Consumer expert: Car battery warranty and hand written receipt
Problems with a car battery warranty and a taxi driver offering a handwritten receipt. What are your rights? Our expert has the answers...
Published 24/03/2016 | 02:30
Q: Hi Dermott, I bought a car battery from a very well-known motoring agency in December 2012. It came with a warranty of three years. After numerous problems, it was replaced with a new one in June 2013.
Last week the replacement was confirmed to have also failed. However, they are refusing to replace it saying it's outside warranty.
Was I not entitled to have a new three-year warranty on the replacement? Am I covered at all by consumer law or is it a case of begging their PR dept to make a gesture of goodwill. Many thanks. Pat.
A: Hello Pat. Being charitable, I am taking the view that the agency representative is mistakenly only looking at this from the point of view of a contract and that they see their terms of contract and commitment to you to be a total of three years.
But, to in any way argue that the guarantee does not apply to a replacement would suggest that you received either a sub-standard replacement or one that was not new - that would be a breach of both your contract and your entitlement under consumer law for a replacement of merchantable quality, fit for purpose and, as described.
Your contract describes the battery as having a three-year guarantee. Therefore, it would be my opinion that you are entitled to the protection of a full three-year guarantee on your replacement battery. This can be received from the distributor if necessary.
If this is not forthcoming then I suggest that you take a claim through the Small Claims Court (cost €25, form downloadable at www.courts.ie). In terms of goodwill, it should be in the form of an apology for misreading the facts of the matter and providing you with yet another poor quality battery - and I would hope that would be offered without any need to request it!
Q: Dermott, we took a taxi home last week from the stand outside the hotel and, because it was work-related and I needed a proof of the cost, I asked for a receipt. The meter was fine.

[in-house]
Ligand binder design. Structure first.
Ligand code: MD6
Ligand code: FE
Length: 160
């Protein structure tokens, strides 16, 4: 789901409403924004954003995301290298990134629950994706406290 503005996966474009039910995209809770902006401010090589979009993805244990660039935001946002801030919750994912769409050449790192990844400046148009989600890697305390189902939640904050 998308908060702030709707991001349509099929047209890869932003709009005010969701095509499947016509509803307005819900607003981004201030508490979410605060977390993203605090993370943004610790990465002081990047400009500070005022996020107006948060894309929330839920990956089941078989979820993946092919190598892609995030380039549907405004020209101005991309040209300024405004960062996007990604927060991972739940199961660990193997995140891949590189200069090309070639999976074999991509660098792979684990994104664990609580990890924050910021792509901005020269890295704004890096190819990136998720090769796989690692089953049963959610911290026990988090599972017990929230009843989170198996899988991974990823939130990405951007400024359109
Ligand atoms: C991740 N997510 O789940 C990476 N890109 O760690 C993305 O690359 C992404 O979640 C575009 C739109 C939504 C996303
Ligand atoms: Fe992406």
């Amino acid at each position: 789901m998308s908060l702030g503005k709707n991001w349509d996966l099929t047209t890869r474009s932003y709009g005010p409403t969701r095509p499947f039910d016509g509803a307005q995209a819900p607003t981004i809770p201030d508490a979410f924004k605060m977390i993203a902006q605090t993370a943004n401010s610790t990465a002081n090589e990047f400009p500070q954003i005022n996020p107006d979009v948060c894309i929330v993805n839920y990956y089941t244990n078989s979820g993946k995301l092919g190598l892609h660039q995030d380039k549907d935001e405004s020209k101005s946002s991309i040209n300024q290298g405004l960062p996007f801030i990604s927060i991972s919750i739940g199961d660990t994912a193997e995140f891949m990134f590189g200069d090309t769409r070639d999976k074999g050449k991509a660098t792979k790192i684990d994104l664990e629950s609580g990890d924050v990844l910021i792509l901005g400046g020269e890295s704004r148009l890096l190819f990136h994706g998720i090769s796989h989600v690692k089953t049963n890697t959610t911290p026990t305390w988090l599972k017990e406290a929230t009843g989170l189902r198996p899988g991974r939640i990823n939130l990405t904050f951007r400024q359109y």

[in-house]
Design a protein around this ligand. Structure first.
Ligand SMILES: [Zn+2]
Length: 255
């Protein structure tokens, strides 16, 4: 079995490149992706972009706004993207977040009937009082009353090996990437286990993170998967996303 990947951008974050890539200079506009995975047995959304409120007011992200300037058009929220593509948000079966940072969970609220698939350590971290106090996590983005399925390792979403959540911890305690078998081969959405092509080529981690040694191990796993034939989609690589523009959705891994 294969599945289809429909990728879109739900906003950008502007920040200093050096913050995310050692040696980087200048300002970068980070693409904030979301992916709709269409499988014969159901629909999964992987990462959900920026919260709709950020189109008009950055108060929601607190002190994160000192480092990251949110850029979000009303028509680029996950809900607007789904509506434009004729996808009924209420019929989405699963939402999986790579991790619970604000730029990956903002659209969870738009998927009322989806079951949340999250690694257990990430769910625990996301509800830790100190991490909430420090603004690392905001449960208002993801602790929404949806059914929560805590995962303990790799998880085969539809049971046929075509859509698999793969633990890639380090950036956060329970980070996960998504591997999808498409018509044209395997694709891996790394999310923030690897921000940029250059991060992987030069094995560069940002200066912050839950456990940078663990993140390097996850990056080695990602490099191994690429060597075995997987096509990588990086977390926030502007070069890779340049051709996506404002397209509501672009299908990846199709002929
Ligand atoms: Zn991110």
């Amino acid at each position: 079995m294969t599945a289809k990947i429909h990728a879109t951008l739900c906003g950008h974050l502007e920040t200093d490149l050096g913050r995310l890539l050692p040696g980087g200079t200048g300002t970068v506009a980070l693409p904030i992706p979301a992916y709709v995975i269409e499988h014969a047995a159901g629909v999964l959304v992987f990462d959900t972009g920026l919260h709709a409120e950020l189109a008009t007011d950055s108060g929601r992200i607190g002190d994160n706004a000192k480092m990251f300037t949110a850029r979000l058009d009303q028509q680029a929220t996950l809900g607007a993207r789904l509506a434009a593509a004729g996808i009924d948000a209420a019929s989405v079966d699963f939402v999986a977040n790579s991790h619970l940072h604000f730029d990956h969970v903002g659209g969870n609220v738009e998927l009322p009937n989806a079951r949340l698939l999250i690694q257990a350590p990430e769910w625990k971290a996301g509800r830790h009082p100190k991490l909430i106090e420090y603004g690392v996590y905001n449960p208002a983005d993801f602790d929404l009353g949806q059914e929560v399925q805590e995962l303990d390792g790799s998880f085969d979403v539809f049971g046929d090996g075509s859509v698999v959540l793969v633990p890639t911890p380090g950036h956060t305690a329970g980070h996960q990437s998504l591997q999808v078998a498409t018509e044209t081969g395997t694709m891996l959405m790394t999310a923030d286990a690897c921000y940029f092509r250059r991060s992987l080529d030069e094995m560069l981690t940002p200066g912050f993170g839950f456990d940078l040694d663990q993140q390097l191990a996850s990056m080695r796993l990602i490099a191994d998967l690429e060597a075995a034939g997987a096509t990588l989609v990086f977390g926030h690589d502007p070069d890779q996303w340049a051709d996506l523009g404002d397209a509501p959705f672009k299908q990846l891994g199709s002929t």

But, the driver told me his printer was not working and so gave me a handwritten receipt on a piece of paper from a notepad. I told him this was less than ideal, as my employers would demand something more official. He just advised it was the best he could do.
I think this is bad practice. Can you advise, please? Fran.
A: I would agree with you wholeheartedly, Fran. It is unprofessional and raises all kinds of questions with regard to the licensing requirements. This brings me to the point of my advice - this breaches the regulations.
Taxis and their drivers are licensed and regulated by the National Transport Authority. The regulations state clearly that a driver - 'must give a taxi receipt printed by the printer attached to the taximeter (not handwritten) to all customers'.
Assuming that you have all the necessary detail of the licence numbers for the driver and taxi, you have the option to lodge a complaint.
To do so (and can I say at this point that there needs to be an easier way for consumers to find out where to complain!) go to www.transportforireland.ie and take it from there.
Dermott Jewell is a consumer rights expert and the Policy and Council Adviser at the Consumers’ Association of Ireland. If you have a consumer-related query you’d like Dermott to help you with, get in touch at firstname.lastname@example.org